As you progress, Frostpunk lets you pass a variety of laws. Everyone can pass laws under the Adaptation title. This might allow you to keep children out of the workforce (yay!) or spread out the food rations by introducing soup (boo!). The Adaptation laws are very all well and good, but when the Londoners start to cause mischief, you need to exert more influence over your people. Order or Faith are your choices, but I sadly they feel too similar in their ultimate ambitions. Both have routes to quell discontent or raise hope, it depends on whether you prefer to do it under the guise of being a hard-taskmaster, or religious fanatic. I would have wanted Frostpunk to offer something entirely different…democracy!
Regardless, in my first playthrough, my bobbies on the beat failed to keep the Londoners in check, and with rising discontent, I was banished. Learning from my first test, I returned to the game and got off to a much better start. I kept my people fed, warm and healthy. I sent scouting parties to explore the wilderness, finding essential supplies and more survivors to put to work. I instilled a sense of religious purpose to keep people feeling positive, and I avoided, until the end, making people work 24-hour shifts in the frozen coal mines.
Having overcome the initial difficulties of starting my city, and quelling the troublesome Londoners, I enjoyed a peaceful mid-game. My people were happy, automatons were taking away some of the burden of work, and I was able to get the disabled back down the pits thanks to prosthetics. Things were going well…until the Great Storm approached. With temperatures set to fall to horrendous lows, I set about researching all the generator upgrades I could. I ensured everyone had a nicely insulated house. I worked my people in the coal mines and sawmills as hard as I could. I failed to stockpile enough food.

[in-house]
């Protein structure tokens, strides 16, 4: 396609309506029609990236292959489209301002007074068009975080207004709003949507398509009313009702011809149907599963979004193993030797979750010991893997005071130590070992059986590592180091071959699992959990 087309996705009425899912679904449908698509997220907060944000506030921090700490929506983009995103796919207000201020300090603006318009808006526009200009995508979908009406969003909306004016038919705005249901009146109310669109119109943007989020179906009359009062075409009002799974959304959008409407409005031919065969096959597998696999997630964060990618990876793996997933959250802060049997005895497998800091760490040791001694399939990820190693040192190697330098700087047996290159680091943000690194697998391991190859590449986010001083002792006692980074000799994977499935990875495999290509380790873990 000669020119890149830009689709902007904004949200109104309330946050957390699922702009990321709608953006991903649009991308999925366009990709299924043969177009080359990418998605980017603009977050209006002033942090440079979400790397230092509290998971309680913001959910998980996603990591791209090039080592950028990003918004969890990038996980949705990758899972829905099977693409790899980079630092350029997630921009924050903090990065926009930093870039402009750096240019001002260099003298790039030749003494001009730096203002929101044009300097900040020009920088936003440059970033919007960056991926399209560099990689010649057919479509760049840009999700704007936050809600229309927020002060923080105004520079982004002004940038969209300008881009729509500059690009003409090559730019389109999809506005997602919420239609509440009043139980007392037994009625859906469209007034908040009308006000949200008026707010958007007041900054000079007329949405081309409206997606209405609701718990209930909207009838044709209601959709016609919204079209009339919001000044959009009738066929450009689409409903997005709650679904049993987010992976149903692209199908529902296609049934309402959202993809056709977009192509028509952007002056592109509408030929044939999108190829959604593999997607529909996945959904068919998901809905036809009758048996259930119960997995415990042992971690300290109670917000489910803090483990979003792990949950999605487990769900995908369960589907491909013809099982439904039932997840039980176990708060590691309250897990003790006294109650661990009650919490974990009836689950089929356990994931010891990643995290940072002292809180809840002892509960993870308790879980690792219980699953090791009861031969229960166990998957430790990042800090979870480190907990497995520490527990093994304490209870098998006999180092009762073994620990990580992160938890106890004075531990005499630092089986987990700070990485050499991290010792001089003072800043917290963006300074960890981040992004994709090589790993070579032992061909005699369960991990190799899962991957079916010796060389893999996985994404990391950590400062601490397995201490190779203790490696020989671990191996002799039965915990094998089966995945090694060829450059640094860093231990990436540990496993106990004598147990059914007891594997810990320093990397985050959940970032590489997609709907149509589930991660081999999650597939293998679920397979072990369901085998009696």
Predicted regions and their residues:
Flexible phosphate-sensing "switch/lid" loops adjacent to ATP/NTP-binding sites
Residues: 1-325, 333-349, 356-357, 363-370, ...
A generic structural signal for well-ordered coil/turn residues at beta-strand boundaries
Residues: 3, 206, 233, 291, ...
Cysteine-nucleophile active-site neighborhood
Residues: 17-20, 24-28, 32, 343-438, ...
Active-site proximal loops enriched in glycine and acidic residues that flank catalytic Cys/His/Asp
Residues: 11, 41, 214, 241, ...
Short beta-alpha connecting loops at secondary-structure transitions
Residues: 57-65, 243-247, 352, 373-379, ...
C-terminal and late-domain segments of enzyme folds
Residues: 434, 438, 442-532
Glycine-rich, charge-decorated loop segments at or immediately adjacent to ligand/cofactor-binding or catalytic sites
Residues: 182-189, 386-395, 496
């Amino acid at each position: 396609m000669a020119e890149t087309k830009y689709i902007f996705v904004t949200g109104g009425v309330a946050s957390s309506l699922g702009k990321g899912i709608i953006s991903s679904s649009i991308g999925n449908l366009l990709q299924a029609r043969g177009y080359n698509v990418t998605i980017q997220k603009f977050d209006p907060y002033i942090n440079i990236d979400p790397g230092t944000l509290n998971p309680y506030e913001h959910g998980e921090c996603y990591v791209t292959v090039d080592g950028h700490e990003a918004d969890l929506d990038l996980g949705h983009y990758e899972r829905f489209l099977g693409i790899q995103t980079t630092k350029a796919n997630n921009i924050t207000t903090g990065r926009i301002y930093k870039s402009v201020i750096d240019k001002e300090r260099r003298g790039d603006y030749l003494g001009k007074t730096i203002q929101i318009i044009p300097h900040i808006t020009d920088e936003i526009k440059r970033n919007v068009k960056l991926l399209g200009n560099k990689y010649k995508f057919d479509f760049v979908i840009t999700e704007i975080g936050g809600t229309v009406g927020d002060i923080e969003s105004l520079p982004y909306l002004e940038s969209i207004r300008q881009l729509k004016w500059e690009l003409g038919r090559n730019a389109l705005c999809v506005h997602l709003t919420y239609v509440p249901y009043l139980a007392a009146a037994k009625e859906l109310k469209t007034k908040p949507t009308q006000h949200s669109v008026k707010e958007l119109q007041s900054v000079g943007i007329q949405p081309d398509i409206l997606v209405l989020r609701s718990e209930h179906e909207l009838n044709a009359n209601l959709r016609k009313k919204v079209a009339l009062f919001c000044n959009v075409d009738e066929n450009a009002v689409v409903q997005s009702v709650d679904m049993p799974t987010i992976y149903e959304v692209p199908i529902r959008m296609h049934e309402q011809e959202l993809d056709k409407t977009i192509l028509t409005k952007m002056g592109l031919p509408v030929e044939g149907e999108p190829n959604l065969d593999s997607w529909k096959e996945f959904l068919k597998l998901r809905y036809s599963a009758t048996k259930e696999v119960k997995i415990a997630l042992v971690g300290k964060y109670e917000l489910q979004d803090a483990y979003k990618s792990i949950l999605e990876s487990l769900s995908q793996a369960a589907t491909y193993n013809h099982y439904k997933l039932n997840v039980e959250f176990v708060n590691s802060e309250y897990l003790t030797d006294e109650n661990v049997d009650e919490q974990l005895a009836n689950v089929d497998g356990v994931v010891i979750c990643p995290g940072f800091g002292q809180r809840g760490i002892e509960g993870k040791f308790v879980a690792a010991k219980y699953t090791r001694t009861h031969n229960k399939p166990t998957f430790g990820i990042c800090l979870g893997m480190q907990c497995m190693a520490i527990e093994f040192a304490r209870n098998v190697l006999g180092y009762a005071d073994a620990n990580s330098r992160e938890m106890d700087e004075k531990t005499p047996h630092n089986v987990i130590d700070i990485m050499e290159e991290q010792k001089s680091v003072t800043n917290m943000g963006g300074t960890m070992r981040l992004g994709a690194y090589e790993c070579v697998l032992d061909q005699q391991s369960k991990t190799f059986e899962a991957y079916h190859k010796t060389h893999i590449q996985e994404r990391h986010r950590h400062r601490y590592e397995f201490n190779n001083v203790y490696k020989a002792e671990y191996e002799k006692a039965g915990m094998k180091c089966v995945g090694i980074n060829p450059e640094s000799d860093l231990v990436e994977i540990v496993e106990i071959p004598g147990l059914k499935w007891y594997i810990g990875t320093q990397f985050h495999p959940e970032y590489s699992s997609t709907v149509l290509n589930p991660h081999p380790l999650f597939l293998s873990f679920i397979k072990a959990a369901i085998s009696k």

When the storm hit, the food soon ran out. People became sick. My infirmaries couldn’t cope with the numbers. I had to sacrifice people in the mines to keep the coal coming. I reasoned that people would rather wait a few days for food, than to freeze as they worked. Perhaps my incessant cries of “MINE! Mine that coal damn you! For 24-hours you won’t stop!” were to blame. But with the storm about to blow past, my time had come. Cast out I was, and I left my people to freeze.
If the cold-hearted light of day, I’m not sure whether the spike in difficulty in the end-game is balanced quite right. Your citizens know the Great Storm is coming, hope was still high…I thought they would have stuck by my wisdom and seen it through. I was wrong, and I don’t think I will return to the main scenario again. Having come so close, I don’t want to put myself through that pain again, especially not when I know what the different options with laws and exploration will lead to. However, there are other scenarios that I will sink my teeth into.
You might find that you will go back, time and time again, to the A New Home scenario that forms the core of the game. For me, I won’t be doing that without some changes to the different paths you can take. But the other scenarios will keep me interested in the game for some time, and the developers are promising to work on balance improvements, new game modes and new scenarios.
If you haven’t taken a closer look at Frostpunk yet, I implore you to do so. It is a city builder that everyone should play.
The Verdict – Headshot
Platforms Available/Reviewed – PC